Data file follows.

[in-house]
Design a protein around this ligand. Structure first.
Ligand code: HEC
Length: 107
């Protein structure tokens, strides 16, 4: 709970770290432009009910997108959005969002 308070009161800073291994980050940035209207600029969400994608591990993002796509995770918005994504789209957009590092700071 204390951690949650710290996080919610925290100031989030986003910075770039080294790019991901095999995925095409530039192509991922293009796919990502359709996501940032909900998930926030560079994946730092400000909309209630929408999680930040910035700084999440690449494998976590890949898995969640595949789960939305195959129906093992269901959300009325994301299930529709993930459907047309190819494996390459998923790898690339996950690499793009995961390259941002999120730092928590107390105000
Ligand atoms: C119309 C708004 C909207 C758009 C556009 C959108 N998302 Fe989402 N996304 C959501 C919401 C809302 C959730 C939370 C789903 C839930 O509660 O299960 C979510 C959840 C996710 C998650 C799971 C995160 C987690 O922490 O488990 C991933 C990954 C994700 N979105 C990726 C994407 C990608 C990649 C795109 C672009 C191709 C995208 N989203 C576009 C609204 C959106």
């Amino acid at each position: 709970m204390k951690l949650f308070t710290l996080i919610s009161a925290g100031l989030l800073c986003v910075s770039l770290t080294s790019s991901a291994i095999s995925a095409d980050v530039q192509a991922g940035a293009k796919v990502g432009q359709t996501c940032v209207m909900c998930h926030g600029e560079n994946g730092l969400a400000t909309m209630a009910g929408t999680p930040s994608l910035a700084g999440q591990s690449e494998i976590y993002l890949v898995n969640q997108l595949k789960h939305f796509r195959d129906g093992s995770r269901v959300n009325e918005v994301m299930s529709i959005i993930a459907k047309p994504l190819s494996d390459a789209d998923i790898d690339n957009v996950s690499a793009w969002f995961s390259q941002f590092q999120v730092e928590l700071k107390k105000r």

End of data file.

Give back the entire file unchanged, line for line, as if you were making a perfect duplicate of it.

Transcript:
[in-house]
Design a protein around this ligand. Structure first.
Ligand code: HEC
Length: 107
């Protein structure tokens, strides 16, 4: 709970770290432009009910997108959005969002 308070009161800073291994980050940035209207600029969400994608591990993002796509995770918005994504789209957009590092700071 204390951690949650710290996080919610925290100031989030986003910075770039080294790019991901095999995925095409530039192509991922293009796919990502359709996501940032909900998930926030560079994946730092400000909309209630929408999680930040910035700084999440690449494998976590890949898995969640595949789960939305195959129906093992269901959300009325994301299930529709993930459907047309190819494996390459998923790898690339996950690499793009995961390259941002999120730092928590107390105000
Ligand atoms: C119309 C708004 C909207 C758009 C556009 C959108 N998302 Fe989402 N996304 C959501 C919401 C809302 C959730 C939370 C789903 C839930 O509660 O299960 C979510 C959840 C996710 C998650 C799971 C995160 C987690 O922490 O488990 C991933 C990954 C994700 N979105 C990726 C994407 C990608 C990649 C795109 C672009 C191709 C995208 N989203 C576009 C609204 C959106």
């Amino acid at each position: 709970m204390k951690l949650f308070t710290l996080i919610s009161a925290g100031l989030l800073c986003v910075s770039l770290t080294s790019s991901a291994i095999s995925a095409d980050v530039q192509a991922g940035a293009k796919v990502g432009q359709t996501c940032v209207m909900c998930h926030g600029e560079n994946g730092l969400a400000t909309m209630a009910g929408t999680p930040s994608l910035a700084g999440q591990s690449e494998i976590y993002l890949v898995n969640q997108l595949k789960h939305f796509r195959d129906g093992s995770r269901v959300n009325e918005v994301m299930s529709i959005i993930a459907k047309p994504l190819s494996d390459a789209d998923i790898d690339n957009v996950s690499a793009w969002f995961s390259q941002f590092q999120v730092e928590l700071k107390k105000r």